Van de Graaff, Robert Jemison
Robert Van de Graaff (1901-1967) was an American physicist who is most famous for his development of a particle accelerator that was named after him. He was born on December 20, 1901, in Tuscaloosa, Alabama. His undergraduate (1922) and master's (1923) degrees were from the University of Alabama at Tuscaloosa. For a short period he worked for the Alabama Power Company before leaving for a European trip. While taking courses at the University of Paris at Sorbonne in 1924, Van de Graaff attended lectures on physics by Madame Marie Curie and decided to study physics. In 1928 he received his doctorate in physics from Oxford University, studying under John Townsend. Part of his research led him to designing an electrostatic generator. In 1929 Van de Graaff returned to the United States and began work as a research fellow at Princeton University. Then in 1931 he moved to the post of research associate at the Massachusetts Institute of Technology (MIT), where he remained until 1960.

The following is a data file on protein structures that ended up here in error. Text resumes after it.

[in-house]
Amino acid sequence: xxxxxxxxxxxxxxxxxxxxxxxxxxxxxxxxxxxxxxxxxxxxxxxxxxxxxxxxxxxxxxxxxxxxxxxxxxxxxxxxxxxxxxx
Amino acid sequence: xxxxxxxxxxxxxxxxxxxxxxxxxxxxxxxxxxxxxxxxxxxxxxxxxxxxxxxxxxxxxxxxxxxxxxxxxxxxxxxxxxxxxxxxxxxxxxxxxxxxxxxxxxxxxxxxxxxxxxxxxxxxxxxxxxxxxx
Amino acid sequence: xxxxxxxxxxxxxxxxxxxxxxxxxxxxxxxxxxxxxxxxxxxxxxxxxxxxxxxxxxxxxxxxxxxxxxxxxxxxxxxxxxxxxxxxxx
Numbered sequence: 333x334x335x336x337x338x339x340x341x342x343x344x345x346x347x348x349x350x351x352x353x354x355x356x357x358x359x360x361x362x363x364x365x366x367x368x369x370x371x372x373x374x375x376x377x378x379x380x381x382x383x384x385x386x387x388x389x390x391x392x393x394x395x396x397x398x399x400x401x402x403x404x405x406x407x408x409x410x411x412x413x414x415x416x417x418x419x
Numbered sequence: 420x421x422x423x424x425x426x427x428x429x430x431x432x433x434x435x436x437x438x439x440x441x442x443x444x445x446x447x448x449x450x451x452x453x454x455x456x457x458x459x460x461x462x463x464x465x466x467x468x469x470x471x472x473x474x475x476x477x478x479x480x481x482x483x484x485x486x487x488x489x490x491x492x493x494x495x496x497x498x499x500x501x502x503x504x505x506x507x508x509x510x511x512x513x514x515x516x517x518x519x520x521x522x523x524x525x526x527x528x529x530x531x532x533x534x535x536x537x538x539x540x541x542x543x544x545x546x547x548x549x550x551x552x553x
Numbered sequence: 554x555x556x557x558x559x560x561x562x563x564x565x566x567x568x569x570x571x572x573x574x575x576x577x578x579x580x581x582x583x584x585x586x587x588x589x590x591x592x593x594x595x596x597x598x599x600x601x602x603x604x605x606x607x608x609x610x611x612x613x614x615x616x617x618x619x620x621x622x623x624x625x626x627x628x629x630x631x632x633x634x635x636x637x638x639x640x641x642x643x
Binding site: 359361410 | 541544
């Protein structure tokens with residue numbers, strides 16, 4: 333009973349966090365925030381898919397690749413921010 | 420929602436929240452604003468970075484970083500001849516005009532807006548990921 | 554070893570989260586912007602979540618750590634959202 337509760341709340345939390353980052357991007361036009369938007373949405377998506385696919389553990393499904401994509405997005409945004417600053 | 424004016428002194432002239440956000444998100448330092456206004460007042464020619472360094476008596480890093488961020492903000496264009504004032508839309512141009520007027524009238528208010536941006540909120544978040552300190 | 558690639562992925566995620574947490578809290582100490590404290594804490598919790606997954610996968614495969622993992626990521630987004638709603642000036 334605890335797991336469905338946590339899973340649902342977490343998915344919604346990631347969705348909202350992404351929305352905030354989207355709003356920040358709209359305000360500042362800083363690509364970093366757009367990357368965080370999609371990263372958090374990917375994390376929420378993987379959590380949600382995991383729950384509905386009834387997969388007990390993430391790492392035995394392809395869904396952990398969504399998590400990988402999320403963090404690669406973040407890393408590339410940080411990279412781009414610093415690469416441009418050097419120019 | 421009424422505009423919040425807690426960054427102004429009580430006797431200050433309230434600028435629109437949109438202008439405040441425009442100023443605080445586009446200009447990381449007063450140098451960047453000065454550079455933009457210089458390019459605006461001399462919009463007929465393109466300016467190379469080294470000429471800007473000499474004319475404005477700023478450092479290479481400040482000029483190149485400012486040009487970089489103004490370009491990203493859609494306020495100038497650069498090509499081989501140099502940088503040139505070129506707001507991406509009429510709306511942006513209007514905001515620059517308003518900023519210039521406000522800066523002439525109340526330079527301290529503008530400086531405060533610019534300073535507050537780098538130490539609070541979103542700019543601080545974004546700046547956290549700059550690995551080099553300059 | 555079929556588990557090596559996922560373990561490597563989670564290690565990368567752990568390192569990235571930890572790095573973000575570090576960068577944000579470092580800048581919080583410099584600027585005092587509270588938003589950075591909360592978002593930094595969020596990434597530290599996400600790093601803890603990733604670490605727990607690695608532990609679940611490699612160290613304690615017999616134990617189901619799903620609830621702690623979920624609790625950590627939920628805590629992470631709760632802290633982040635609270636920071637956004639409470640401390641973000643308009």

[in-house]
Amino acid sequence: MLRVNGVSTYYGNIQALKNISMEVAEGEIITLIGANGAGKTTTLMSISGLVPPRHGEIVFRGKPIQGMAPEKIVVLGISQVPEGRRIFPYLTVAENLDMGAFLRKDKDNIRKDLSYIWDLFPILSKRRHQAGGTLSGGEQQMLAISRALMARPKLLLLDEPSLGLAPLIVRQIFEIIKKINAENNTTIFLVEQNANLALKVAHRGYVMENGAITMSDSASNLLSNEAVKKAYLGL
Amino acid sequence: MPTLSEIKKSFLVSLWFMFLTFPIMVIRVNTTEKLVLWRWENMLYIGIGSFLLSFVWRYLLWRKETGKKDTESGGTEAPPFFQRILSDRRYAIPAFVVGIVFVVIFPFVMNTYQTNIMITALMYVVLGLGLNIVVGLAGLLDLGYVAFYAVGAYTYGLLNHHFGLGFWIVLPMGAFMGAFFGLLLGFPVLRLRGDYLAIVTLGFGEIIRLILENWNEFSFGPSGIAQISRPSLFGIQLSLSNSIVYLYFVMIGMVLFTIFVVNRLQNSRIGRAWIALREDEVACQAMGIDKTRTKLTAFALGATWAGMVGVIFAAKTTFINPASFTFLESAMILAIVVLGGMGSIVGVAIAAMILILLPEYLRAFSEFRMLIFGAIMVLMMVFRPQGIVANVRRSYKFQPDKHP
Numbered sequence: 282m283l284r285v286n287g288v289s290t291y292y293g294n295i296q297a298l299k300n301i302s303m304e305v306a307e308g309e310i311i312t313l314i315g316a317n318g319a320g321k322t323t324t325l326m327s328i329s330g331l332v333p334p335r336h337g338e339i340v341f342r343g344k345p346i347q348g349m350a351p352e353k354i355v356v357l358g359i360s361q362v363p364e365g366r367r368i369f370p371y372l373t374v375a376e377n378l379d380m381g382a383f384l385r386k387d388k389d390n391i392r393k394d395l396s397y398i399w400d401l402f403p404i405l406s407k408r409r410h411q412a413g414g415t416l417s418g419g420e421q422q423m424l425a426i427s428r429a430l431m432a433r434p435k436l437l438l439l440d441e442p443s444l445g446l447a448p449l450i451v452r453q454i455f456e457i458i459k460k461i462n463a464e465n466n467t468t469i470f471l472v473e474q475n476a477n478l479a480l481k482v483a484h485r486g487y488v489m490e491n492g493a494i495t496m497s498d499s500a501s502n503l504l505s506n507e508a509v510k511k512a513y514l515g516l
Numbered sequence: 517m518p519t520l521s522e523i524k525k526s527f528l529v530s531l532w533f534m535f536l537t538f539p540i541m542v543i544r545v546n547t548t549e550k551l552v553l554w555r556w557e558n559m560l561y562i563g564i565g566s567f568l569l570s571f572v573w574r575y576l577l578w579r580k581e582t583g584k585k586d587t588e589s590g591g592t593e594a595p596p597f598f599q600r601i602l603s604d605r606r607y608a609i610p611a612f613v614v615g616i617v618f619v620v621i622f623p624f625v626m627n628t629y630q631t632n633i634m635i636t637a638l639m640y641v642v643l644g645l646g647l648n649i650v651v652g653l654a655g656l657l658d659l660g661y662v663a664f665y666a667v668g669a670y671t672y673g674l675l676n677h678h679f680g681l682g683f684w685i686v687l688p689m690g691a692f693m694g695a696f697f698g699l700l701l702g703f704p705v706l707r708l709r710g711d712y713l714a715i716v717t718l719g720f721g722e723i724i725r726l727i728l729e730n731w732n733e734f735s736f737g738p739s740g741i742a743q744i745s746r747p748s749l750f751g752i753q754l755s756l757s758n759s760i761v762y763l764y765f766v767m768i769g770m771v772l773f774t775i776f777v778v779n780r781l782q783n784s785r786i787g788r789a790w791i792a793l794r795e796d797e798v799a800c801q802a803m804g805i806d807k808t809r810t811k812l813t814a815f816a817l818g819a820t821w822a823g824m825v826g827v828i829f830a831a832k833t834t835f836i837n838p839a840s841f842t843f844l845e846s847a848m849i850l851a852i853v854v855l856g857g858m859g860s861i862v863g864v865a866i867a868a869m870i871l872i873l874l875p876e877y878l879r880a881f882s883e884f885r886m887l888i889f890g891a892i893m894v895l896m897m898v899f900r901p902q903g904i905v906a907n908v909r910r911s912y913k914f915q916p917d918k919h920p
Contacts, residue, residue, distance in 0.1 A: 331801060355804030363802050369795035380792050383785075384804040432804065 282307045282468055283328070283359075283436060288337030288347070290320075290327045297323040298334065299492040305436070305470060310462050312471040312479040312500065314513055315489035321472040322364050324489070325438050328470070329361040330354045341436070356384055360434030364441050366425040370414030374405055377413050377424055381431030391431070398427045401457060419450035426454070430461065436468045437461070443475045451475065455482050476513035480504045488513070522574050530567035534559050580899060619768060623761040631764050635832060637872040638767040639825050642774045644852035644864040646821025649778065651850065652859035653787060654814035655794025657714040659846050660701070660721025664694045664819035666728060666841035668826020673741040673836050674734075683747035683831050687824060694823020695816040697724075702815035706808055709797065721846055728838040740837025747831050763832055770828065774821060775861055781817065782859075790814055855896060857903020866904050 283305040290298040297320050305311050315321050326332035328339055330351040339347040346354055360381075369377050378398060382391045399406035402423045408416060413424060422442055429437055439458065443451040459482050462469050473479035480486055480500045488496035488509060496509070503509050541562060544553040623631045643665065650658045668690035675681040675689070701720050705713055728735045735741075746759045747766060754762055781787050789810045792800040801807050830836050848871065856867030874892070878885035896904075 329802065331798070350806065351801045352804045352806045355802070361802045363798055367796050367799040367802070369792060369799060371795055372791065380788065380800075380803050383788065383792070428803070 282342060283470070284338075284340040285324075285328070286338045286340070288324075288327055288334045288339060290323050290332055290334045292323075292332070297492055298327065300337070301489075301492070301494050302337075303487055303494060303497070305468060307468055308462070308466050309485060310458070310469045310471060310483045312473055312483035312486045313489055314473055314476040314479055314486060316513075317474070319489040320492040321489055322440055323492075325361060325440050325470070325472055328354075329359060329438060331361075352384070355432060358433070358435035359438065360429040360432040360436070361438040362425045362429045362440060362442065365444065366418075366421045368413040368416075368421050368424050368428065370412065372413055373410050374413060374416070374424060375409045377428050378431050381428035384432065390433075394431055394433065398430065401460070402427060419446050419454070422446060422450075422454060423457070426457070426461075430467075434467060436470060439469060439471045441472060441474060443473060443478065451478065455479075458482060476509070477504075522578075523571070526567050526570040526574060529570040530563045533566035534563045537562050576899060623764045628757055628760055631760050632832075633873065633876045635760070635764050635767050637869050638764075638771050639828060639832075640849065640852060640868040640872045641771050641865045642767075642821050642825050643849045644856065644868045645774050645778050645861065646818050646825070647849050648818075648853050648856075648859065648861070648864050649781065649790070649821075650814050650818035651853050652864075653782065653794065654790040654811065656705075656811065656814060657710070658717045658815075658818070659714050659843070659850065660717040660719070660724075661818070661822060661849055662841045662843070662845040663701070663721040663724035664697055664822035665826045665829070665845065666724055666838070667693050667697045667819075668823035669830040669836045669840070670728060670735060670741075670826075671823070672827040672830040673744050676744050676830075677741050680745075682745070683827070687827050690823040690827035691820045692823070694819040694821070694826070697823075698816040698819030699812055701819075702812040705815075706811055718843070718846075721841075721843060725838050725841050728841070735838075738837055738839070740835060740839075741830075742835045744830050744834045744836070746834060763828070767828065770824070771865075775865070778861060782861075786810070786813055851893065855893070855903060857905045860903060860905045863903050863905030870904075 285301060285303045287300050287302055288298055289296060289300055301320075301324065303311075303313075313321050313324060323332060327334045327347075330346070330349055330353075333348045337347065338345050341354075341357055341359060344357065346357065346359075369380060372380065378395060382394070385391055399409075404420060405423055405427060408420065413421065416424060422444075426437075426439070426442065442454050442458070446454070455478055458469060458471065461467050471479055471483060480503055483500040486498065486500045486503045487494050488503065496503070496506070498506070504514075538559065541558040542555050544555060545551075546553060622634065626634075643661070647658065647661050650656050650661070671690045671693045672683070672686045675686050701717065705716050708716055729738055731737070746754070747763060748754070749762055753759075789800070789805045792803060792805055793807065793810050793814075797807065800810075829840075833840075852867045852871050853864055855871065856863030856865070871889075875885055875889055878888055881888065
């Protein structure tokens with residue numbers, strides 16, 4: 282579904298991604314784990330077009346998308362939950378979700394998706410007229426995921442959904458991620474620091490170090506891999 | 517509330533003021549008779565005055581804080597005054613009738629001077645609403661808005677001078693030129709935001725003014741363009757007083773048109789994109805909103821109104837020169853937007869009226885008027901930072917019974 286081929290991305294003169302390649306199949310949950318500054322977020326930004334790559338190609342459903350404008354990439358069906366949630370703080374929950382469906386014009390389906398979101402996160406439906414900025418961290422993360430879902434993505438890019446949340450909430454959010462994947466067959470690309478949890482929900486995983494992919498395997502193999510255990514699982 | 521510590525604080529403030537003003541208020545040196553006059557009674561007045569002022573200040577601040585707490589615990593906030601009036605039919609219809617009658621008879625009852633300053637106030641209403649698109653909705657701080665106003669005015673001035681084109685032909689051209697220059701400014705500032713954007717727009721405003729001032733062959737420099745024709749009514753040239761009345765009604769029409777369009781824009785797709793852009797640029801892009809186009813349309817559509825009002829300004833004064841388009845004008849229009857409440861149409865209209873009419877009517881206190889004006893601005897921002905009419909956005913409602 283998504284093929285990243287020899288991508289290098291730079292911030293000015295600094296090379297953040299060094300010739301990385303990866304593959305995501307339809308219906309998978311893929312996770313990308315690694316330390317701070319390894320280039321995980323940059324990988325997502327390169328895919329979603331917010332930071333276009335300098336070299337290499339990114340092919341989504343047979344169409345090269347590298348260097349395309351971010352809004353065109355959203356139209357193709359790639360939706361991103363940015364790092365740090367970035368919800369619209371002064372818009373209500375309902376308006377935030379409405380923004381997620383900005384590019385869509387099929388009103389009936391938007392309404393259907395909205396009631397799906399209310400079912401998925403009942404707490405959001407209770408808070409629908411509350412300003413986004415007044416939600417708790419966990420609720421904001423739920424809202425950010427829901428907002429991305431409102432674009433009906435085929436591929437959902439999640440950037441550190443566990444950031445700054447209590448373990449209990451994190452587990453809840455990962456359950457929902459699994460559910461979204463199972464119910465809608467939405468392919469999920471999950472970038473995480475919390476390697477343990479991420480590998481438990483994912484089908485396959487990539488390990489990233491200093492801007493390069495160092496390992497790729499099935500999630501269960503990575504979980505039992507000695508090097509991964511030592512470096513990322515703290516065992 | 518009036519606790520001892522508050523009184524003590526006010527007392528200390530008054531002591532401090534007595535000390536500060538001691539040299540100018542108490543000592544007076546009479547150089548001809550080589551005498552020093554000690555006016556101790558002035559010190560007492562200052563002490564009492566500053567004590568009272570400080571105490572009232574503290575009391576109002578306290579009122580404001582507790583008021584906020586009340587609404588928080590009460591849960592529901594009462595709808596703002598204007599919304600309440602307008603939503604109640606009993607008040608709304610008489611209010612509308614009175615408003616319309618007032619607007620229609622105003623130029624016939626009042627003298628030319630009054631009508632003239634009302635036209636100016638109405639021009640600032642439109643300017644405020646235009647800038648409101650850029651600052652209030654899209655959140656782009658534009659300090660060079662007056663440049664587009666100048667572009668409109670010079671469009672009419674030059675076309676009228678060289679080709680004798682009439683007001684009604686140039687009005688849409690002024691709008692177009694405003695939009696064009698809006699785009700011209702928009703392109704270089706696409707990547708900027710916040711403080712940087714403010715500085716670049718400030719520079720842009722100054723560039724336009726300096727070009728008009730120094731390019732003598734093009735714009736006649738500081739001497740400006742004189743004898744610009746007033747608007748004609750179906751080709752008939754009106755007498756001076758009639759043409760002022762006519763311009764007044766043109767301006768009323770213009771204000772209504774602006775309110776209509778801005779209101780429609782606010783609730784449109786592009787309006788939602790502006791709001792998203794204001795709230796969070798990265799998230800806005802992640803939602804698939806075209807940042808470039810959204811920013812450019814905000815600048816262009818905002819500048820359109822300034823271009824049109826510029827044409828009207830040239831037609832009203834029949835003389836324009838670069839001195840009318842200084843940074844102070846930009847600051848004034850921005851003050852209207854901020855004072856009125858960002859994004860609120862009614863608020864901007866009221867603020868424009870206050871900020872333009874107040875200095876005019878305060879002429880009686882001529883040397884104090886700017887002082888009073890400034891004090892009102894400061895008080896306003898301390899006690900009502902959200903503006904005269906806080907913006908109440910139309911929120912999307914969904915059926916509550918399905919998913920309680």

It was while at Princeton that Van de Graaff built the Van de Graaff generator which later he developed as an accelerator. This accelerator used the generator to produce voltage high enough to accelerate charged particles. It was used extensively as a tool in the field of atomic energy. An additional benefit was the use of generator as an X-ray machine for treatment of cancer. During World War II, his apparatus was important in the examination of the interior structure of heavy ordnance.
After the war, Van de Graaff and a colleague, John Trump, founded a company, High Voltage Engineering Corporation, to market the accelerator and X-ray generator. The market consisted of academic institutions, hospitals, industry, and scientific institutes. Van de Graaff was director of the corporation and in 1960 left MIT to devote his full efforts to his company. He died on January 16, 1967, in Boston, Massachusetts.